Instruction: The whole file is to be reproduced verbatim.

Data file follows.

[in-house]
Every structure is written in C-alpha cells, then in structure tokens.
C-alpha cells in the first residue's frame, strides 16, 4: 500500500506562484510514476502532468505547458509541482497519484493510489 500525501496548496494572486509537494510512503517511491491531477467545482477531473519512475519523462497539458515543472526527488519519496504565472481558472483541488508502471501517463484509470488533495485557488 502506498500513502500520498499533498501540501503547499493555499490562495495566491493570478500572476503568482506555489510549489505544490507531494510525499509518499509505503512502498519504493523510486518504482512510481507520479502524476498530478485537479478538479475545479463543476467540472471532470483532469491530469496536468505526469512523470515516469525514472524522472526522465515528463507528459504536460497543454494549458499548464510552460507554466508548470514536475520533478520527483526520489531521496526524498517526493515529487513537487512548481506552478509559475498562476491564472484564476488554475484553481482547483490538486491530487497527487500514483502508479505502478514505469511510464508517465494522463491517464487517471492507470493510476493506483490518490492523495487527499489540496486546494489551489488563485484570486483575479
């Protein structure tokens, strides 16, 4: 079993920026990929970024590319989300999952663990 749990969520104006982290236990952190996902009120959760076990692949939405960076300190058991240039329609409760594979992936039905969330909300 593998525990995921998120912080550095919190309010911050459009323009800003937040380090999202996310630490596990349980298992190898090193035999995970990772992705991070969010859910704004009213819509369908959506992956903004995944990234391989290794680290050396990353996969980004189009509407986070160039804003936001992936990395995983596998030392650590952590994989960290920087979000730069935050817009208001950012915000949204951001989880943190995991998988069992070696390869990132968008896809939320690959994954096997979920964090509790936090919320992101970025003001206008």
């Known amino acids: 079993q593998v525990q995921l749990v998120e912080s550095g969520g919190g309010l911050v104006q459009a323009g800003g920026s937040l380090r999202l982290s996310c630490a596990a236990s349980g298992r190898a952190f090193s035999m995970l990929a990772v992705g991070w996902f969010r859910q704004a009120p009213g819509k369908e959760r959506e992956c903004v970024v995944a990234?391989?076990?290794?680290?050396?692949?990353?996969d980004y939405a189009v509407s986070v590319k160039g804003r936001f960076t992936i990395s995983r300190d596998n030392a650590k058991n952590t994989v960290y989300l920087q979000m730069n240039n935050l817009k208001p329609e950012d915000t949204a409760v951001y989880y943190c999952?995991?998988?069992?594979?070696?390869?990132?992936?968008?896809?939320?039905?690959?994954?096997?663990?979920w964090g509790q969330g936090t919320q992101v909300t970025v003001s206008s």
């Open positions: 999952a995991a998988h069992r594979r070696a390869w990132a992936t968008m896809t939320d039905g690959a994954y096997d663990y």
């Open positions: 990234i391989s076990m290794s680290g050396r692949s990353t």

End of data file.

[in-house]
Every structure is written in C-alpha cells, then in structure tokens.
C-alpha cells in the first residue's frame, strides 16, 4: 500500500506562484510514476502532468505547458509541482497519484493510489 500525501496548496494572486509537494510512503517511491491531477467545482477531473519512475519523462497539458515543472526527488519519496504565472481558472483541488508502471501517463484509470488533495485557488 502506498500513502500520498499533498501540501503547499493555499490562495495566491493570478500572476503568482506555489510549489505544490507531494510525499509518499509505503512502498519504493523510486518504482512510481507520479502524476498530478485537479478538479475545479463543476467540472471532470483532469491530469496536468505526469512523470515516469525514472524522472526522465515528463507528459504536460497543454494549458499548464510552460507554466508548470514536475520533478520527483526520489531521496526524498517526493515529487513537487512548481506552478509559475498562476491564472484564476488554475484553481482547483490538486491530487497527487500514483502508479505502478514505469511510464508517465494522463491517464487517471492507470493510476493506483490518490492523495487527499489540496486546494489551489488563485484570486483575479
């Protein structure tokens, strides 16, 4: 079993920026990929970024590319989300999952663990 749990969520104006982290236990952190996902009120959760076990692949939405960076300190058991240039329609409760594979992936039905969330909300 593998525990995921998120912080550095919190309010911050459009323009800003937040380090999202996310630490596990349980298992190898090193035999995970990772992705991070969010859910704004009213819509369908959506992956903004995944990234391989290794680290050396990353996969980004189009509407986070160039804003936001992936990395995983596998030392650590952590994989960290920087979000730069935050817009208001950012915000949204951001989880943190995991998988069992070696390869990132968008896809939320690959994954096997979920964090509790936090919320992101970025003001206008």
């Known amino acids: 079993q593998v525990q995921l749990v998120e912080s550095g969520g919190g309010l911050v104006q459009a323009g800003g920026s937040l380090r999202l982290s996310c630490a596990a236990s349980g298992r190898a952190f090193s035999m995970l990929a990772v992705g991070w996902f969010r859910q704004a009120p009213g819509k369908e959760r959506e992956c903004v970024v995944a990234?391989?076990?290794?680290?050396?692949?990353?996969d980004y939405a189009v509407s986070v590319k160039g804003r936001f960076t992936i990395s995983r300190d596998n030392a650590k058991n952590t994989v960290y989300l920087q979000m730069n240039n935050l817009k208001p329609e950012d915000t949204a409760v951001y989880y943190c999952?995991?998988?069992?594979?070696?390869?990132?992936?968008?896809?939320?039905?690959?994954?096997?663990?979920w964090g509790q969330g936090t919320q992101v909300t970025v003001s206008s």
């Open positions: 999952a995991a998988h069992r594979r070696a390869w990132a992936t968008m896809t939320d039905g690959a994954y096997d663990y």
């Open positions: 990234i391989s076990m290794s680290g050396r692949s990353t």